We then analyzed the recombination stimulation at different times of contact with aphidicolin, i.e. different times of replication inhibition. We first measured recombination induced by replication inhibitors (RIRI) in mouse L‐cells (i) to verify the phenomenon in another cell line type and (ii) because a couple of mouse L‐cells provided the opportunity to measure the RIRI with direct or inverted repeat recombination substrates (Figure 4A). Direct repeats and inverted repeats do not monitor exactly the same recombination pathways (for review see Klein, 1995): direct repeats monitor gene conversion as well as single‐strand annealing (SSA) events. Inverted repeats can not measure SSA but mainly monitor gene conversion plus non‐SSA alternative pathways. As observed for the cell cycle arrest, the two different concentrations of aphidicolin stimulate recombination in a similar range (Figure 4B and C). Aphidicolin stimulated recombination as a function of the duration of the treatment, i.e. of replication inhibition. But two phases of stimulation were observable: the recombination increase was linear but modest for times of contact between 6 and 18 h, even though (i) fluorescence‐activated cell sorting (FACS) analysis indicated a replication block for these times of treatment and (ii) PFGE showed the appearance of DSB at 6 h. Recombination was then strongly stimulated for times of contact with aphidicolin comprised between 18 and 24 h (Figure 4B). Similar results were obtained with direct repeats (Figure 4B) and with inverted repeat recombination substrates (Figure 4C). Interestingly, the kinetic of the recombination process per se was correlated with the kinetics of DSB accumulation (compare Figures 2B and 4). Moreover, comparison of these two kinetics highlights the fact that a huge amount of DSBs is required to stimulate homologous recombination efficiently. This may reflect the probability of introducing one DSB in the recombination substrate. Similar kinetics were observed with the hamster CHO‐DRA10 line treated with hydroxyurea (see below, Figure 5C).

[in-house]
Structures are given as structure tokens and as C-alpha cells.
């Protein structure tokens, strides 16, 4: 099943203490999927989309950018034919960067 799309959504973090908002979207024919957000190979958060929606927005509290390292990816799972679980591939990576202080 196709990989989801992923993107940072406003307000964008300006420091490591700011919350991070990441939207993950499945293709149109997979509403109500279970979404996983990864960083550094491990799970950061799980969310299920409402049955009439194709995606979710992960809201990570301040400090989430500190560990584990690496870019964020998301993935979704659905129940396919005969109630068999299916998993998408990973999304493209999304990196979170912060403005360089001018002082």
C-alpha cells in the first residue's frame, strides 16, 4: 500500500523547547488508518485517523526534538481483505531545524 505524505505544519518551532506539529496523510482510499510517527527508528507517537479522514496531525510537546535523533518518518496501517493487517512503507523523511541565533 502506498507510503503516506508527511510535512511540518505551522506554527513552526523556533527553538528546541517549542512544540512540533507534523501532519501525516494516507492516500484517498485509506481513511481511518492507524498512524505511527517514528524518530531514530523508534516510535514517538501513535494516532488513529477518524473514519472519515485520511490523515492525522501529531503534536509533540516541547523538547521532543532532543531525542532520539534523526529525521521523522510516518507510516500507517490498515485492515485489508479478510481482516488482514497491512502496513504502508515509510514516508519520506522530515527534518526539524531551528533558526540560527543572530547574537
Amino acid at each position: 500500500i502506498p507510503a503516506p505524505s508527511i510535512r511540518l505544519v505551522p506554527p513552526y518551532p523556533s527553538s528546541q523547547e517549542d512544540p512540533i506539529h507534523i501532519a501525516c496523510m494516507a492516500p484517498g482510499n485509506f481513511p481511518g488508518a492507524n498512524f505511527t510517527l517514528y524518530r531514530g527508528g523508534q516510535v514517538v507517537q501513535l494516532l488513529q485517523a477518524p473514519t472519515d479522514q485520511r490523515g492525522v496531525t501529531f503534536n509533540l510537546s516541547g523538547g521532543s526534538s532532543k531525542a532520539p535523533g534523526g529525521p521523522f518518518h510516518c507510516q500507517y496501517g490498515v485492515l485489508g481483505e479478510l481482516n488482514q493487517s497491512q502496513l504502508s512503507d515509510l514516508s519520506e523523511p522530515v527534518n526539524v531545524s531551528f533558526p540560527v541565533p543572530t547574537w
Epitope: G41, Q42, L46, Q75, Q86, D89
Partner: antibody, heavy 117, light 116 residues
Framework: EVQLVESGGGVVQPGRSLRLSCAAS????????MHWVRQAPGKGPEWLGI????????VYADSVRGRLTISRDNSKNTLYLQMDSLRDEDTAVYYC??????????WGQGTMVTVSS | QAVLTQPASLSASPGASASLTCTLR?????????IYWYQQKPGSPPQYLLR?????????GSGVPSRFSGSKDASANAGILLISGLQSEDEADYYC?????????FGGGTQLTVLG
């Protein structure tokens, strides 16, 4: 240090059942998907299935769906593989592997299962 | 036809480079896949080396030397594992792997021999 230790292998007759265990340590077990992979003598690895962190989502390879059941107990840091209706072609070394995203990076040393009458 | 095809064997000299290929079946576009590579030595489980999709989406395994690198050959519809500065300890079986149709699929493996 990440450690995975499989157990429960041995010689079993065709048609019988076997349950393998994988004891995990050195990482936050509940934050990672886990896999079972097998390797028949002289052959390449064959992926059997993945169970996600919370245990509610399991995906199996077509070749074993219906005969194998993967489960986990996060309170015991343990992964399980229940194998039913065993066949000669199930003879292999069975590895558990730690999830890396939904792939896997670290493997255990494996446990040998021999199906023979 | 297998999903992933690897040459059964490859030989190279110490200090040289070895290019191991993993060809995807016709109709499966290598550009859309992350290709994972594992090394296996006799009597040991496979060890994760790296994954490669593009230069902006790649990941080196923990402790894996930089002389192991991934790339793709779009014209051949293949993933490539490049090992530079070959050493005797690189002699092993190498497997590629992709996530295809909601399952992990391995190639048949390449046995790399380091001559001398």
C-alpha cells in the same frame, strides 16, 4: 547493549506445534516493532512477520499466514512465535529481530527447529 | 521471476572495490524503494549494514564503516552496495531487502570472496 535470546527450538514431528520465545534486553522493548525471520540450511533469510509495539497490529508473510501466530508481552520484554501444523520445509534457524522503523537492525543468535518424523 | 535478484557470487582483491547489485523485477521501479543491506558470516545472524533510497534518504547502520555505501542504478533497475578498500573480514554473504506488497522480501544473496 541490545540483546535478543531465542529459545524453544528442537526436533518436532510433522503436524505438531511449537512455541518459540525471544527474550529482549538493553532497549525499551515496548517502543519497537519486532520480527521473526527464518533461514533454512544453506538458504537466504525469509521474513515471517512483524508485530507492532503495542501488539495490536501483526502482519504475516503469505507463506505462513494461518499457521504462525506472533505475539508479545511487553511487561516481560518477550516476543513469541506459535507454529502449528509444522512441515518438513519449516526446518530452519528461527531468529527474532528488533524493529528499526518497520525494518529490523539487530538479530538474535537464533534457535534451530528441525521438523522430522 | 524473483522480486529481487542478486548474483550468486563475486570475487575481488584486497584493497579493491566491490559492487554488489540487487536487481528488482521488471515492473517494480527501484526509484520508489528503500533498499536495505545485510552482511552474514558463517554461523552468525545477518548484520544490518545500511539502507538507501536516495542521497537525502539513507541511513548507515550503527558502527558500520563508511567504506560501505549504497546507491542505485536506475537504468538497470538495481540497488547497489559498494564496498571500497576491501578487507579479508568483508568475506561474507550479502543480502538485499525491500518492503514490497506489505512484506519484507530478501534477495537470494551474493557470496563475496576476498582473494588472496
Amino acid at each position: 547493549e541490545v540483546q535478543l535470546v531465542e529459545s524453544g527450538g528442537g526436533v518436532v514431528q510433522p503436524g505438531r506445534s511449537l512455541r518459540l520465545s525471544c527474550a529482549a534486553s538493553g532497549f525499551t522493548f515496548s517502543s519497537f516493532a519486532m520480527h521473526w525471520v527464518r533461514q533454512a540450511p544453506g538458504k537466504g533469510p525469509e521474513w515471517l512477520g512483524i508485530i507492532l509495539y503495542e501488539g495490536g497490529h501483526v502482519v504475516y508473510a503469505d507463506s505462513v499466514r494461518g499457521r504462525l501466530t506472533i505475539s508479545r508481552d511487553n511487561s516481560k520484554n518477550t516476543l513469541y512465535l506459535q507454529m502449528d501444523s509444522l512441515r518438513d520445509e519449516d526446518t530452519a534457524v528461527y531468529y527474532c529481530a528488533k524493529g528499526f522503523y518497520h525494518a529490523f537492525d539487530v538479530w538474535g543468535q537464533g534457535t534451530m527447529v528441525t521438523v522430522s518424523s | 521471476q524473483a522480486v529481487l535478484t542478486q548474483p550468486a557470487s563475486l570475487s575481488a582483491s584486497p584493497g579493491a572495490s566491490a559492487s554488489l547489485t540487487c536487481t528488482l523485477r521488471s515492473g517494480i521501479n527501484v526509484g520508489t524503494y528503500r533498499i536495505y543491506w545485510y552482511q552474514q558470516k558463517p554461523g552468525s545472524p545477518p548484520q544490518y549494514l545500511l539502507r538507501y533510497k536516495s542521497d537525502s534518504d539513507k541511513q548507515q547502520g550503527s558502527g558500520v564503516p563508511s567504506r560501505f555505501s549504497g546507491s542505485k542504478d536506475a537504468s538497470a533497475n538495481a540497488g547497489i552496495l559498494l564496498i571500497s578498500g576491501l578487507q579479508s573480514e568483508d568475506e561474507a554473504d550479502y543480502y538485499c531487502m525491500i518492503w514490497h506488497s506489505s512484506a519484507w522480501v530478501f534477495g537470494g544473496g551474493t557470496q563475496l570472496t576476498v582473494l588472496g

Figure 4.

Treatment with aphidicolin induces recombination as a function of the time of contact with the drug. (A) The cell lines derive from mouse L‐cells. The recombination substrates are depicted on the figure and have been described elsewhere (Liskay et al., 1984). The cell line pJS3‐10 contains direct repeat recombination substrates (on the left). The cell line pJS4‐7‐1 contains inverted repeat recombination substrates (on the right). (B) Induction of recombination between direct repeats (pJS3‐10, on the left) or between inverted repeats (pJS4‐7‐1, on the right). The duration of treatment and the aphidicolin concentrations are indicated in the figure. (C) Example of Southern blotting of recombinant clones (probed with a TK sequence). On the left panel is the restriction map of the direct repeats substrate. After triple digestion (HindIII, BamHI, XhoI), a deletion event will produce a 6 kb (HindIII–BamHI) fragment. Gene conversion will produce either 5, 1.8 and 1 kb bands or 6, 1.3 and 0.5 kb bands; however, the 0.5 kb bands are usually hard to detect in these kinds of gels (Liskay et al., 1984). On the right is one example of Southern blotting for gene conversion events. The numbers on the top correspond to different clones double‐resistant HATR(Tk+)/G418R(Neo); nr: non‐recombinant parental line (pJS3‐10). The sizes of the restriction fragments are indicated on the left side of the panel.

Figure 5.

Role of RAD51 in the induction of recombination by hydroxyurea. (A) and (B) Rad51 foci accumulation during hydroxyurea treatment. (A) Example of Rad51 foci. (B) Percentage of cells with Rad51 foci as a function of the time of contact (h) with hydroxyurea. The percentage of cells in the S phase for each time of contact with hydroxyurea is indicated in the figure. (C) and (D) Effect of the status of RAD51 on the RIRI. (C) Recombination induction as a function of the duration of treatment. (D) Survival (cloning efficiency) as a function of the duration of treatment. The duration of treatment is indicated in the figure. The names of the cell lines are indicated in the figure. The values correspond to the mean of three independent experiments. Error bars are omitted to avoid overloading the figure since the percentages of survival are not significantly different. CHO‐DRA10 is the parental cell line; C2 is CHO‐DRA10 transfected with the empty vector. These two lines are control lines. F1.4.1 and F1.4.2 are two independent lines expressing the RAD51 dominant‐negative form (hypo‐rec). Rm2 and Rm4 are two independent lines over‐expressing MmRAD51 (hyper‐rec).